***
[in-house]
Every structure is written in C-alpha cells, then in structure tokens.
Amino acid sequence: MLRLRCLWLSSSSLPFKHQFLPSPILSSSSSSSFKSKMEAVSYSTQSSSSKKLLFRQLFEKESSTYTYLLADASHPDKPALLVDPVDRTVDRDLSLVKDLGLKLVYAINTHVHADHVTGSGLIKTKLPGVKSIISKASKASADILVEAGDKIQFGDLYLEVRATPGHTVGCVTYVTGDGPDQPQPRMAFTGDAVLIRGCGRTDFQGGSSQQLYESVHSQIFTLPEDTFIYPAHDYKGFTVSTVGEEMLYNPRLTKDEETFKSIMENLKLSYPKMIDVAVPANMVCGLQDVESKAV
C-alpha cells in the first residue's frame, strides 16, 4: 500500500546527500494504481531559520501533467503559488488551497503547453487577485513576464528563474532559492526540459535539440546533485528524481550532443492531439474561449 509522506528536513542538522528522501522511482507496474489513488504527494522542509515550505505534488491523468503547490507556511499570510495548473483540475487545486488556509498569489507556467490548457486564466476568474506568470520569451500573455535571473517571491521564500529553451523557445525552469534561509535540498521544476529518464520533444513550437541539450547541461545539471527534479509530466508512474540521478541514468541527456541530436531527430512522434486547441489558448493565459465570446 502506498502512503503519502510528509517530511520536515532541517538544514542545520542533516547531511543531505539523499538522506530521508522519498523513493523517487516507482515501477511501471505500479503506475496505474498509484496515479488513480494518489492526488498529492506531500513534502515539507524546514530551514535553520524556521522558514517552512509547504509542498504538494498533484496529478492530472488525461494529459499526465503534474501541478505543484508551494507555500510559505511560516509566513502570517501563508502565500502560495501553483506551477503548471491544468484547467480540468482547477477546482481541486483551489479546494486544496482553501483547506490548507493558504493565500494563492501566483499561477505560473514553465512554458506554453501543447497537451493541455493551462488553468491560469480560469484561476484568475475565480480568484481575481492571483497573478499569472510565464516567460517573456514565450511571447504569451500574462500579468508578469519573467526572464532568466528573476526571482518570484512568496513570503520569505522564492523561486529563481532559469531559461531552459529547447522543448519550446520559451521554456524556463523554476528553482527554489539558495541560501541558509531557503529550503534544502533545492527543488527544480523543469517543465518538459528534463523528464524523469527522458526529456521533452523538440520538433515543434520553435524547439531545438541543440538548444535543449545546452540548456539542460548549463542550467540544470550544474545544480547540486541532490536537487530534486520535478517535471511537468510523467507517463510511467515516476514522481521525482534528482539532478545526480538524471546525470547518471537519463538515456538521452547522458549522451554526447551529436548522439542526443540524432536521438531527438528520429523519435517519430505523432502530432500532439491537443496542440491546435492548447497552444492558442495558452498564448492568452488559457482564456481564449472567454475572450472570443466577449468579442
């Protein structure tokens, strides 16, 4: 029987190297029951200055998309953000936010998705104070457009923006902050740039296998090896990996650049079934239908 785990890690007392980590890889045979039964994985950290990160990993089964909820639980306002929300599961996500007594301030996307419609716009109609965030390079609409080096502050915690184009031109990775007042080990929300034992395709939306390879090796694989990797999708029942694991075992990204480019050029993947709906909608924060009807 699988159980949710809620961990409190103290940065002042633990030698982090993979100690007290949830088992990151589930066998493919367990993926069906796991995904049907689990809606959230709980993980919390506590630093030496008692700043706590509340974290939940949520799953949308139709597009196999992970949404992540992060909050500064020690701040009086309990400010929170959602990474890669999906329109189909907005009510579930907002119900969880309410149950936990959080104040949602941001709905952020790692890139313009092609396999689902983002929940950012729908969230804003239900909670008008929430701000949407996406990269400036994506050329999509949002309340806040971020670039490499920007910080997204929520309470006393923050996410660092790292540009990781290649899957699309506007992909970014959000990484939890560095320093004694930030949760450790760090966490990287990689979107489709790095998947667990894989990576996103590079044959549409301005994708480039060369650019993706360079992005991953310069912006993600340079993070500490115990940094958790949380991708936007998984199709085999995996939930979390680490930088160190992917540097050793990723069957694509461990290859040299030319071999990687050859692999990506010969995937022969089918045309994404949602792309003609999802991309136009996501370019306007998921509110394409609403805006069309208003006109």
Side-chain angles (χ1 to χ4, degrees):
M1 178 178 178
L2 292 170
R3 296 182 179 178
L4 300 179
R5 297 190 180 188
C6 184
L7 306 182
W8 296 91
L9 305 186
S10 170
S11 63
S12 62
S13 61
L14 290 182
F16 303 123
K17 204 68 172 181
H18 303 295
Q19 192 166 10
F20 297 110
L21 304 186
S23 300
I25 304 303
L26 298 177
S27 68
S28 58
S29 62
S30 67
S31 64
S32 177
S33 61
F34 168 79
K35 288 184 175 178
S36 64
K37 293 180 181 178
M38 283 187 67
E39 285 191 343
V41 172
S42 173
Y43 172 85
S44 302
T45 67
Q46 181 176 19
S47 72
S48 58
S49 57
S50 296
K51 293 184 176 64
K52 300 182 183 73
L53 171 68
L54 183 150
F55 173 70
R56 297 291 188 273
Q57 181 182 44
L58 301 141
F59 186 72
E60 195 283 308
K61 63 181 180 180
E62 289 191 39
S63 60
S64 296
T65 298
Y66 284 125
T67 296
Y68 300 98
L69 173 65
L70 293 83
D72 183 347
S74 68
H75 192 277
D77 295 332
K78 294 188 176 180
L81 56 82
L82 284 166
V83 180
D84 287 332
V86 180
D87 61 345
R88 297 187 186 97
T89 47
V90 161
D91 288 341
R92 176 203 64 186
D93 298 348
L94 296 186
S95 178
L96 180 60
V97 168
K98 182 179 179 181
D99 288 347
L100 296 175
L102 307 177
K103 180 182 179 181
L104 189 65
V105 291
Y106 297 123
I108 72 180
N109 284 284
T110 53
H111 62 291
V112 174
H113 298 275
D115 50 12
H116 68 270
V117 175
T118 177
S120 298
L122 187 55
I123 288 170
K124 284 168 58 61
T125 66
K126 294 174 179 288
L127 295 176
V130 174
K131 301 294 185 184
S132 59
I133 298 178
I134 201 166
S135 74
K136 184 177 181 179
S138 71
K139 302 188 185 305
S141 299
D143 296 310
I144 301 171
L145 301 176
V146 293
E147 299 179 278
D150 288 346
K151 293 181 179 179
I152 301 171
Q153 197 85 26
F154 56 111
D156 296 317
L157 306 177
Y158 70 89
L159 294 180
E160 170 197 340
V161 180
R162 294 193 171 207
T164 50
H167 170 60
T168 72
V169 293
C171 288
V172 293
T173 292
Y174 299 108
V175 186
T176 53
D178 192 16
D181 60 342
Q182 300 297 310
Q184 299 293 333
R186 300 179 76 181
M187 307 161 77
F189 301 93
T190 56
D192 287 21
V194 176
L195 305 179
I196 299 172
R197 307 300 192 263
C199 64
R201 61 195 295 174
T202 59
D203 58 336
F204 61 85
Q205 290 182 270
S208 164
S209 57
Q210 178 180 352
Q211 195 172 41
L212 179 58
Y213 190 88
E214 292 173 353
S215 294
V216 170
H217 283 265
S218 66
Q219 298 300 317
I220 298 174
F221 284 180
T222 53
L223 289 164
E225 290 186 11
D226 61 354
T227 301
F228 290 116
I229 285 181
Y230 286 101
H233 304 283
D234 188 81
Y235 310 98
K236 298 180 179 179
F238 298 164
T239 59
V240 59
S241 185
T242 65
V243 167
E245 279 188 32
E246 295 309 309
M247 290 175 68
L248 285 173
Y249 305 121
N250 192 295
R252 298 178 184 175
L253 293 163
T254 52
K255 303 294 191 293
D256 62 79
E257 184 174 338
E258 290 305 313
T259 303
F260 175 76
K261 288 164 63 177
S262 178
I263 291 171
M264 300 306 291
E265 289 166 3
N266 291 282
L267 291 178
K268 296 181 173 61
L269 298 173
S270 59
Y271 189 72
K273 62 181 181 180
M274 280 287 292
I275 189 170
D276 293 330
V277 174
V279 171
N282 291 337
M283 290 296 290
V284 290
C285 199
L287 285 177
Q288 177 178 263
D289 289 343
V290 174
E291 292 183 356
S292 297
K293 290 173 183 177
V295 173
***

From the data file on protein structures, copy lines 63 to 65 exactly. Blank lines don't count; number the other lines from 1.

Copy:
K61 63 181 180 180
E62 289 191 39
S63 60